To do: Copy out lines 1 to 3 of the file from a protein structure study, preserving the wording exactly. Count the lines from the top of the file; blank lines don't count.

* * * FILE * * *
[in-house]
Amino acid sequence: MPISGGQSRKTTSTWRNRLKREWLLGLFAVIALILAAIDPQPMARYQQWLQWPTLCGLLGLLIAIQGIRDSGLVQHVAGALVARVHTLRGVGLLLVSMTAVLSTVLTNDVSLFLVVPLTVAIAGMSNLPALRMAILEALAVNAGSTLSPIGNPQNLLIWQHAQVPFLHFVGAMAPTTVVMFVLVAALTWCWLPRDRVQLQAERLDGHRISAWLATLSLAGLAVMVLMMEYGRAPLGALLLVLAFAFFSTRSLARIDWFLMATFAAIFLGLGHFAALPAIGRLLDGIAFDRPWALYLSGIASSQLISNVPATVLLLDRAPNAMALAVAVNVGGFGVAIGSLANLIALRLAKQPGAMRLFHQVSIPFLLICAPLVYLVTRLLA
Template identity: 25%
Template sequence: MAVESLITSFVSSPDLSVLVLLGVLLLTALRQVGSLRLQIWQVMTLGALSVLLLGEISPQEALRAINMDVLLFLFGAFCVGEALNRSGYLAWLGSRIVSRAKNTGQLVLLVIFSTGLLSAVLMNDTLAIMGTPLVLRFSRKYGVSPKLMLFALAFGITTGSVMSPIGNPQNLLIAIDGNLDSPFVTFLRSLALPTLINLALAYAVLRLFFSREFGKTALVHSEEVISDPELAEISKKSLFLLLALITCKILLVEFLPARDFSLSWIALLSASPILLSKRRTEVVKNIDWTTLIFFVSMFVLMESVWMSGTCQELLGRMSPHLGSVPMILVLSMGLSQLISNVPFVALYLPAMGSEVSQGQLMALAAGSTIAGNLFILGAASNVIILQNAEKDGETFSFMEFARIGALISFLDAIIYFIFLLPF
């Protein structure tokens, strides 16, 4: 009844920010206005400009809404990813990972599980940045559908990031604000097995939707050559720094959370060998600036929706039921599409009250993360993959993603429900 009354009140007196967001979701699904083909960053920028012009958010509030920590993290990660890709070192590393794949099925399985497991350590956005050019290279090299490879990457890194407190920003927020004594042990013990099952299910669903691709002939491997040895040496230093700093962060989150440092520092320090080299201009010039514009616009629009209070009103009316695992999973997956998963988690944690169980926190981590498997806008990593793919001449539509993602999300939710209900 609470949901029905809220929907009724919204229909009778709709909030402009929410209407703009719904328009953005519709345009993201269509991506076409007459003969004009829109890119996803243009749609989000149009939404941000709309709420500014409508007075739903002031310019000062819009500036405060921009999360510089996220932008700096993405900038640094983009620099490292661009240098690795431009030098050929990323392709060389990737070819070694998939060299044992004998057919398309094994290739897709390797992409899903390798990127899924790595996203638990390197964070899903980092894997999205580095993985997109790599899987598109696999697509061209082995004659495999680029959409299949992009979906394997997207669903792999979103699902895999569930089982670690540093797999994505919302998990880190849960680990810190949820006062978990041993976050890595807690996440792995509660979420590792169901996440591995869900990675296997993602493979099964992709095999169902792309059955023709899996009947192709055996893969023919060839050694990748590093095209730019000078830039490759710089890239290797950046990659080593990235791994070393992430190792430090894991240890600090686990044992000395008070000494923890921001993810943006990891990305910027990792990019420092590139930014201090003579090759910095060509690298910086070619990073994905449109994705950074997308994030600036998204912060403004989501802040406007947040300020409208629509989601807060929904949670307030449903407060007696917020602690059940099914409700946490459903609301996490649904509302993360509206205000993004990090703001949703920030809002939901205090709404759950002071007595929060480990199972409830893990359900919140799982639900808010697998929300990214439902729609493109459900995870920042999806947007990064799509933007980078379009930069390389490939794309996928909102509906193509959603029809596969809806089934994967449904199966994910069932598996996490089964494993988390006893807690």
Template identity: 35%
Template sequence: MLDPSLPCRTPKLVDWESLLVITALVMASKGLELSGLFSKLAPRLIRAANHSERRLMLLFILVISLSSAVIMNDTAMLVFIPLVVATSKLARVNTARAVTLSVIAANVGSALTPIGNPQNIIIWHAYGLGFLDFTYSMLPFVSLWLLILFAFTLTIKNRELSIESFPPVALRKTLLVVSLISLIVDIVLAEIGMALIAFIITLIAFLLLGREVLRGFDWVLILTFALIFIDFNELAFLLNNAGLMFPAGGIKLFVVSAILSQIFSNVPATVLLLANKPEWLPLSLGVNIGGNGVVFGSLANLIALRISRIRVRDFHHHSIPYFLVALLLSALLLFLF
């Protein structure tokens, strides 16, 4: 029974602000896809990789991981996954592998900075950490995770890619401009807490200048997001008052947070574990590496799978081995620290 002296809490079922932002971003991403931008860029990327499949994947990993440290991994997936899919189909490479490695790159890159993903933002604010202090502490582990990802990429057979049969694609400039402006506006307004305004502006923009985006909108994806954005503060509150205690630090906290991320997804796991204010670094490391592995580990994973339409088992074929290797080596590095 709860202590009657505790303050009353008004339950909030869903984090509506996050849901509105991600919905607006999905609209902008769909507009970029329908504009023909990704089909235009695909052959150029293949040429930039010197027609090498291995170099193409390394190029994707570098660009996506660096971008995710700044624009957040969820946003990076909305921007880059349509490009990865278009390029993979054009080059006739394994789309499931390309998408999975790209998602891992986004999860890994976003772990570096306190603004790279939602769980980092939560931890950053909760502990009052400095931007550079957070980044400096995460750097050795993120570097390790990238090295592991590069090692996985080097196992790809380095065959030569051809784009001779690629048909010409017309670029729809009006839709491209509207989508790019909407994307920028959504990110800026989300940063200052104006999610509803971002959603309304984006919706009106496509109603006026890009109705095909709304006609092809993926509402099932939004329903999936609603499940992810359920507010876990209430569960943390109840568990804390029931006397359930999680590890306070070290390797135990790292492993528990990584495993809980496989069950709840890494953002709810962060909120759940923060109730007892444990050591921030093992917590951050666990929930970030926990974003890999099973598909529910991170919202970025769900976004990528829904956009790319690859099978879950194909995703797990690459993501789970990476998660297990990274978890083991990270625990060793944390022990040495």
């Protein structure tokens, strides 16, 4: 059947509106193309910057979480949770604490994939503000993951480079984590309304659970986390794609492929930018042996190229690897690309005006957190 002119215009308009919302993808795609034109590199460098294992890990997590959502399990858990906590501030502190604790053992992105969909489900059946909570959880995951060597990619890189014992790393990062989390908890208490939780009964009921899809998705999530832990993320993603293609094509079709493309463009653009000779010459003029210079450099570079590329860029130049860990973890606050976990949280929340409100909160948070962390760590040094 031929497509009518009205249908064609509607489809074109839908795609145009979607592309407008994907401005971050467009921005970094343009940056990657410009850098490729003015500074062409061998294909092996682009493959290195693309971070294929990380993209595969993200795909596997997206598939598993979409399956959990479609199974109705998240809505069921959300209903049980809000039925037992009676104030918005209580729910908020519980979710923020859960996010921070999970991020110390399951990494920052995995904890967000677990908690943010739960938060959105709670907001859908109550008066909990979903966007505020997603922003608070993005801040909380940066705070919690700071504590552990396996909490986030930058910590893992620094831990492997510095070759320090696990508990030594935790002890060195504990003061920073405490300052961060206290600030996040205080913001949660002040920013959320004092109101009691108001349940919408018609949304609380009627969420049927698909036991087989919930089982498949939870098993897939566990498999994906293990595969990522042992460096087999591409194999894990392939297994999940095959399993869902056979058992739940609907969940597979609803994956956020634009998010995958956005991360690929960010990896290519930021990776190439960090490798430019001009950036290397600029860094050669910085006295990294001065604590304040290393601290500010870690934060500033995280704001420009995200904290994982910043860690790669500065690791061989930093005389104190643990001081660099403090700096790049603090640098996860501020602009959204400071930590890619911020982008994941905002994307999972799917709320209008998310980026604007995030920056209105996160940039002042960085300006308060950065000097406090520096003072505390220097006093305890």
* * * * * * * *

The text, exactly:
[in-house]
Amino acid sequence: MPISGGQSRKTTSTWRNRLKREWLLGLFAVIALILAAIDPQPMARYQQWLQWPTLCGLLGLLIAIQGIRDSGLVQHVAGALVARVHTLRGVGLLLVSMTAVLSTVLTNDVSLFLVVPLTVAIAGMSNLPALRMAILEALAVNAGSTLSPIGNPQNLLIWQHAQVPFLHFVGAMAPTTVVMFVLVAALTWCWLPRDRVQLQAERLDGHRISAWLATLSLAGLAVMVLMMEYGRAPLGALLLVLAFAFFSTRSLARIDWFLMATFAAIFLGLGHFAALPAIGRLLDGIAFDRPWALYLSGIASSQLISNVPATVLLLDRAPNAMALAVAVNVGGFGVAIGSLANLIALRLAKQPGAMRLFHQVSIPFLLICAPLVYLVTRLLA
Template identity: 25%